Age is the theme and the big talking point at the Old Vic as it plays host to two great theatre pros in Shakespeare’s much-loved comedy. Vanessa Redgrave and James Earl Jones are Benedick and Beatrice: reluctant older lovers, grouchily bickering their way into each other’s hearts.
The play is reimagined in a Britain of old too. It’s 1944, and we get a wartime view of the country that perhaps only ever existed in our imaginations. A land of comedy policemen, dashingly handsome GIs and naughty boy scouts – it conjures up images of a particular kind of British sitcom or BBC radio play, a sort of ‘Archers’ does Shakespeare.
Earl Jones is 82 and Redgrave 76, and director Mark Rylance’s idea of having these particular characters being played by older actors does work. Their feisty, flirty, yet world-weary performances have that special delight of watching two elderly relatives have one sherry too many on Christmas Day.
Vanessa Redgrave is the expected reliable class act, energetic and sprightly.
After a faltering start for James Earl Jones, the star turn eventually started to shine through, with that famous voice and a truly infectious belly laugh. Seeing him scamper around and hide like a cheeky schoolboy is cute.
Away from the laughs, Lloyd Everitt and Beth Cooke offered up strong performances as the tragic young lovers Claudio and Hero and there was a particularly juicy, almost pantomime villain turn from Danny Lee Wynter as the scheming Don John.
It all marches along at a good pace and has its moments of the surreal – James Earl Jones in a skeleton outfit isn’t something you see every day. And the celebration of age and love is uplifting and admirable – a good contrast to the bright young things of ‘A Midsummer Night’s Dream’ over at the Noël Coward. But it is, on the whole, a tad flat, and doesn’t quite catch alight. It’s like a cosy Sunday night sitcom: warm, funny, enjoyable to watch, yet you don’t massively care if you forget to tune in.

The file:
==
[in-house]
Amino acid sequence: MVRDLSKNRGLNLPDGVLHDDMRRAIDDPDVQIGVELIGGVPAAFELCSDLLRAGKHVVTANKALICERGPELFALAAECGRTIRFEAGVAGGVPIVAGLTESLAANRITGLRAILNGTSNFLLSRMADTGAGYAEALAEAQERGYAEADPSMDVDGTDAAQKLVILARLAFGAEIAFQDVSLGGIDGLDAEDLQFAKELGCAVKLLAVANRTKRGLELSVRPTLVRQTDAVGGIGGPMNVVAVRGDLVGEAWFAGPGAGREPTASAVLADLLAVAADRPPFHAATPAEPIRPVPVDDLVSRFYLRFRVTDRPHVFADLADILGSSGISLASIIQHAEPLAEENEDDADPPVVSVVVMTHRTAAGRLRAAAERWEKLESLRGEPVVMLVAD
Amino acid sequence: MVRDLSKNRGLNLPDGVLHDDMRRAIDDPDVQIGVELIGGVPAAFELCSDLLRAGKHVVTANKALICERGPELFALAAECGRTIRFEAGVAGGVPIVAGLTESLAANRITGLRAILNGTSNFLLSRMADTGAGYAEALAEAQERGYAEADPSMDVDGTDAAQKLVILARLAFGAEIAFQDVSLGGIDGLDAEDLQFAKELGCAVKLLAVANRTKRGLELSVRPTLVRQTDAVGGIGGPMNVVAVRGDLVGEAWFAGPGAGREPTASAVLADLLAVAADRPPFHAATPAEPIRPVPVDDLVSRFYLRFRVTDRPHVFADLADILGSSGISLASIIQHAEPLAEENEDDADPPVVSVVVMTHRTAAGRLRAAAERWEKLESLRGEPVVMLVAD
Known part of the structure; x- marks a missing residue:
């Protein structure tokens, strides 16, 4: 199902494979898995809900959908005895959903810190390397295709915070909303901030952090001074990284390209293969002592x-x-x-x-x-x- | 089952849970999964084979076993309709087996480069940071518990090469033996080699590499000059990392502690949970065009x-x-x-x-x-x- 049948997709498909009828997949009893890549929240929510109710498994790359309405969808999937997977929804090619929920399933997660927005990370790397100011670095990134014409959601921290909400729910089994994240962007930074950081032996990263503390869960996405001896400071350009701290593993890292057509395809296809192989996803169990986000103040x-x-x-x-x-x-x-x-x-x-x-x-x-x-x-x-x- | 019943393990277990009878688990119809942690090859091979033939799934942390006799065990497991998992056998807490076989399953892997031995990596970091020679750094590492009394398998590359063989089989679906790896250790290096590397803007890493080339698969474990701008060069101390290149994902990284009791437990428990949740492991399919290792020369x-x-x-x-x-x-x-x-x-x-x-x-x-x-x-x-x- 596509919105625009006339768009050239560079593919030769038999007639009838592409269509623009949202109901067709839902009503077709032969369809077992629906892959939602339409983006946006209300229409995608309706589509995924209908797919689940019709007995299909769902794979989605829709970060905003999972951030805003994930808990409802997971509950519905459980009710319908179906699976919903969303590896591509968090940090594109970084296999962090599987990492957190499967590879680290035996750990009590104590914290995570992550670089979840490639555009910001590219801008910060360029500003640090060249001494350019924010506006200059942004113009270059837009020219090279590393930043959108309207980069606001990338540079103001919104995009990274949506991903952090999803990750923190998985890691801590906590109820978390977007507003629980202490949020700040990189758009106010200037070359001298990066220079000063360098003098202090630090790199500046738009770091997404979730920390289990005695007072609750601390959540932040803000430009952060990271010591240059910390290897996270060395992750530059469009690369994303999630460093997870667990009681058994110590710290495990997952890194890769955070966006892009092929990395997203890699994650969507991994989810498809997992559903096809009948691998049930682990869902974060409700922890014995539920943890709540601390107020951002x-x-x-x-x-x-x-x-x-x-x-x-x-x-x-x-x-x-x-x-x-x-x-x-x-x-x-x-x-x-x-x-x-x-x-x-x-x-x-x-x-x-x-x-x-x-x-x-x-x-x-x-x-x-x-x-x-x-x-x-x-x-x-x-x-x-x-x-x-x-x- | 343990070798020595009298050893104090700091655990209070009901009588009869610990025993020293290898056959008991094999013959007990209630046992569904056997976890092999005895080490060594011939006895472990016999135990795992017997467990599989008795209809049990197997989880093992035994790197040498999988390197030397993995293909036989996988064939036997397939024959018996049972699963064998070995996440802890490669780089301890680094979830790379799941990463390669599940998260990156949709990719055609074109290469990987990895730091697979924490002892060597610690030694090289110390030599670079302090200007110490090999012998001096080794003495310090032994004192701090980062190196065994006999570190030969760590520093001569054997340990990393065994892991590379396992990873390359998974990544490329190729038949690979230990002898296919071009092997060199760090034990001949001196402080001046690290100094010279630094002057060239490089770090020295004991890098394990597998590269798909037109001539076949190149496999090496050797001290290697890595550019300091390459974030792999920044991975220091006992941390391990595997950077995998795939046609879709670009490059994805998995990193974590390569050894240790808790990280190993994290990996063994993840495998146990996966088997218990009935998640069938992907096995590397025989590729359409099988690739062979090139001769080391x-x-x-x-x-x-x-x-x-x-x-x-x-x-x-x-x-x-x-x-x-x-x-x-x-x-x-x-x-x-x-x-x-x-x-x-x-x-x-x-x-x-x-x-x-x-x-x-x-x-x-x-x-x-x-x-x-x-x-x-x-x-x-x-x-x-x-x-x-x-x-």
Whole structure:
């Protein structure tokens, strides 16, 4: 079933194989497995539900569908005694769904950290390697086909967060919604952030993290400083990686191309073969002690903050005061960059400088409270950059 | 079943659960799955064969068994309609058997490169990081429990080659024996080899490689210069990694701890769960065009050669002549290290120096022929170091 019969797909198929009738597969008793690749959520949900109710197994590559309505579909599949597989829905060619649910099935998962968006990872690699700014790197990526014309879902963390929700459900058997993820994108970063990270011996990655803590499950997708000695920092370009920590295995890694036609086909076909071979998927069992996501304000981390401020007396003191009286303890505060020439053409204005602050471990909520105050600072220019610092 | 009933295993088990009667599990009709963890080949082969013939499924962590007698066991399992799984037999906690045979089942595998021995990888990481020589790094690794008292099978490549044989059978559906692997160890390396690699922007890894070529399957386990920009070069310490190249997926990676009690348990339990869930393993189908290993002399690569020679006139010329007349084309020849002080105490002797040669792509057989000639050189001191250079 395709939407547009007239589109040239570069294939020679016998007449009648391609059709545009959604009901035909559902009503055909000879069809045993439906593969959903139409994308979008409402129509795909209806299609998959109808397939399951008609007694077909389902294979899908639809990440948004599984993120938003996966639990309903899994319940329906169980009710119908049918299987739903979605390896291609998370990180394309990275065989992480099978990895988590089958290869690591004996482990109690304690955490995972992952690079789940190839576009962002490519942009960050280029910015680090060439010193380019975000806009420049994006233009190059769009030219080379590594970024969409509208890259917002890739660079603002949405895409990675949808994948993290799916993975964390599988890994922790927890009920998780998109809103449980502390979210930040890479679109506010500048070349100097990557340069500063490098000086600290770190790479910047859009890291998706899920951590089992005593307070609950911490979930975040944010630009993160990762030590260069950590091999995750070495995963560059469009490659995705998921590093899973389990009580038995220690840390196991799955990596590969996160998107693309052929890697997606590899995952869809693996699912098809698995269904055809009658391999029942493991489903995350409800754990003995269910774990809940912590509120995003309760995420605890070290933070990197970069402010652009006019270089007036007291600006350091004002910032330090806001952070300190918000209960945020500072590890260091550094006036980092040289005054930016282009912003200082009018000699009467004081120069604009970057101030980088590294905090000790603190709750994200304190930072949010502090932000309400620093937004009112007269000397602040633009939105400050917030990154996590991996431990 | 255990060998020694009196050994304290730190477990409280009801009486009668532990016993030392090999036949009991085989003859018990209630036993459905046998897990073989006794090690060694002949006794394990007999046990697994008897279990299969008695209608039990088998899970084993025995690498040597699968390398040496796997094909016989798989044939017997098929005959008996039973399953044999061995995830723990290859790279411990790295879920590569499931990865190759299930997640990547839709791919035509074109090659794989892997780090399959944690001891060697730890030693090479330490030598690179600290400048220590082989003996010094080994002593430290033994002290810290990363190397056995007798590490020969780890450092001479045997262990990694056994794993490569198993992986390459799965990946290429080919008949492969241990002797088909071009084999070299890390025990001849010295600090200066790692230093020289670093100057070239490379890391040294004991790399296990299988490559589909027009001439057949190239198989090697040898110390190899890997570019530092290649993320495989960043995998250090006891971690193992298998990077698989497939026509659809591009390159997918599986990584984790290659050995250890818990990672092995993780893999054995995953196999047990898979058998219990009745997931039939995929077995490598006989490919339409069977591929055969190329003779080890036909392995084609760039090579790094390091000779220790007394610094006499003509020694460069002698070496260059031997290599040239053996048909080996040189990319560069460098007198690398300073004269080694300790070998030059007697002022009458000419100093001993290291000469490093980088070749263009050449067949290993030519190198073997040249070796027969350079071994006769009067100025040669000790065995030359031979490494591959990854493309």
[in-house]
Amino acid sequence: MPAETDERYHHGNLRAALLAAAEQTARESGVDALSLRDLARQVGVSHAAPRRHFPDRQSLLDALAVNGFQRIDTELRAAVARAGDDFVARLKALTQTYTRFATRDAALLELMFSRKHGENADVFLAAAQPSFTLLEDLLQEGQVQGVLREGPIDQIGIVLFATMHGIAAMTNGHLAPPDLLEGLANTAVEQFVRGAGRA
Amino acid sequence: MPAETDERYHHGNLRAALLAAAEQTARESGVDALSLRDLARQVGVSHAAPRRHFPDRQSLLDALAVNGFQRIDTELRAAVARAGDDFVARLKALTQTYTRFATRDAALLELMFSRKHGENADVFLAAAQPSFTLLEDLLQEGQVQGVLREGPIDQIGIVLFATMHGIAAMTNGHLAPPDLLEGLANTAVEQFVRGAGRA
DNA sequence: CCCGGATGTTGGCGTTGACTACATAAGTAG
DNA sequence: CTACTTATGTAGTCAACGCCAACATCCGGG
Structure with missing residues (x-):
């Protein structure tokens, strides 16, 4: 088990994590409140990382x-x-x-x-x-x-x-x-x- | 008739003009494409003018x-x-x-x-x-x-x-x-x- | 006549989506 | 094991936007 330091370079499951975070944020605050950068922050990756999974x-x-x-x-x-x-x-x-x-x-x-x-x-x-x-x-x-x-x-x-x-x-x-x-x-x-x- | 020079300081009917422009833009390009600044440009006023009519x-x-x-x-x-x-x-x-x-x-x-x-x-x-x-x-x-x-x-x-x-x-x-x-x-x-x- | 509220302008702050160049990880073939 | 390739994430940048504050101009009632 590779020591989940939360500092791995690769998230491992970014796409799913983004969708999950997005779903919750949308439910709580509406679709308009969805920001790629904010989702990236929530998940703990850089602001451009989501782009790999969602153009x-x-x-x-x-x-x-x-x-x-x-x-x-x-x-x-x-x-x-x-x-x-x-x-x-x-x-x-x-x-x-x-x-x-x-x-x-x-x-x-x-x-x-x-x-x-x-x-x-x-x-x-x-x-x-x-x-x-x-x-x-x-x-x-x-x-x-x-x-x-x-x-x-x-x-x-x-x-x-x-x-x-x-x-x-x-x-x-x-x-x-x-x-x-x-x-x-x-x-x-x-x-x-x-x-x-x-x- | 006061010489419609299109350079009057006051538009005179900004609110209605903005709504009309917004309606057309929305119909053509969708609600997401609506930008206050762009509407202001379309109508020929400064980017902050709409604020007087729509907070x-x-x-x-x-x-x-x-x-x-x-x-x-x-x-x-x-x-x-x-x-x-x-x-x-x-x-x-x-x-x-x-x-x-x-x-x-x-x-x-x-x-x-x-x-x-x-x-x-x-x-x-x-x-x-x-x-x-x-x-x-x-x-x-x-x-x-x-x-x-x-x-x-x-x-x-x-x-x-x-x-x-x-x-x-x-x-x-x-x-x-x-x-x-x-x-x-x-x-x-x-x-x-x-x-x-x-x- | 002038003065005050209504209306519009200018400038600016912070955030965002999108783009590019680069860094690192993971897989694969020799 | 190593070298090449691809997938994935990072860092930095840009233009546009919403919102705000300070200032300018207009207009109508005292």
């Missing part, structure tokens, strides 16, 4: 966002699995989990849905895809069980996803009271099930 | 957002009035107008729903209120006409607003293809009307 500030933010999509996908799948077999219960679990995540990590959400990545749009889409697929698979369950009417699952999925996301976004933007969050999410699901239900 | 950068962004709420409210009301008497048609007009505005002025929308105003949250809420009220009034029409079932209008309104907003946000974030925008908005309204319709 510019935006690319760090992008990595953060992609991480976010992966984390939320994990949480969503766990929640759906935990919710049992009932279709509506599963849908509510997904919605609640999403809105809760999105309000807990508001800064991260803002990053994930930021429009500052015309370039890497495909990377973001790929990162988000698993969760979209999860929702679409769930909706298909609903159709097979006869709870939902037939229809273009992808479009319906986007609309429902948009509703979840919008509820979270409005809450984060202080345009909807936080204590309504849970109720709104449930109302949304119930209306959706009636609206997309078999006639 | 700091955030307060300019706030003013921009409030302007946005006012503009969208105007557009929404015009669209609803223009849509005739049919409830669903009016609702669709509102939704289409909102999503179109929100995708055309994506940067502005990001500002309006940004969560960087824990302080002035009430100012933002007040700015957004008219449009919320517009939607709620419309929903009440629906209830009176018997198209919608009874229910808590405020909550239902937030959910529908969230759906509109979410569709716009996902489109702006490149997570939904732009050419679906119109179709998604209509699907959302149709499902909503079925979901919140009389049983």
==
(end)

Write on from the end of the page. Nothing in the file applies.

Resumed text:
By Lee Tomlinson
Lee is a television director and lives in Finsbury Park. He was selected to write this review as part of the Time Out Takeover – a special edition of the magazine written entirely by readers.
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UUUUUUUUUUUUUUUUUUUUUUUUGH I felt like I was watching a rehearsal the whole time. Not even Vanessa could make it ok. my mates fell asleep in order to make it through.
I am astonished at the clutch of devastating reviews for this ground-breaking production. Admittedly, I didn't go on Press Night, but actually had booked to go last night ( September 23rd). What I saw was a witty, brilliantly acted and very cleverly 'this isn't staged at all' production which had me and a very full House laughing and cheering. the costumes and the music are wonderful, the characters from a very true place in 1944. And yes, everybody, Black American soldiers were indeed fighting for our country and based on English aerodromes...look up your history a little better before dismissing the very careful research that has clearly been done by Mark Rylance and the production team. It's true, the set is divisive, I can understand why some people find it unwelcoming, but it provides a transformative playing space,like its ancestor the Globe stage, and this is a breakthrough response to how to play Shakespeare indoors without masses of scene and lighting changes. ( both of which look glaringly anachronistic after watching Shakespeare at The Globe). This production is truly brilliant, and like all geniuses throughout history, Mr Rylance has been much maligned. he is doing something different, ladies and gentlemen...er..like he did at the Globe you now know and love. And by the way, I hope I am able to be as spry as Vanessa Redgrave when I am 77. Hurrah for her; she is a National Living Treasure, another genius. Ignore those has-been critics. Go judge for yourselves!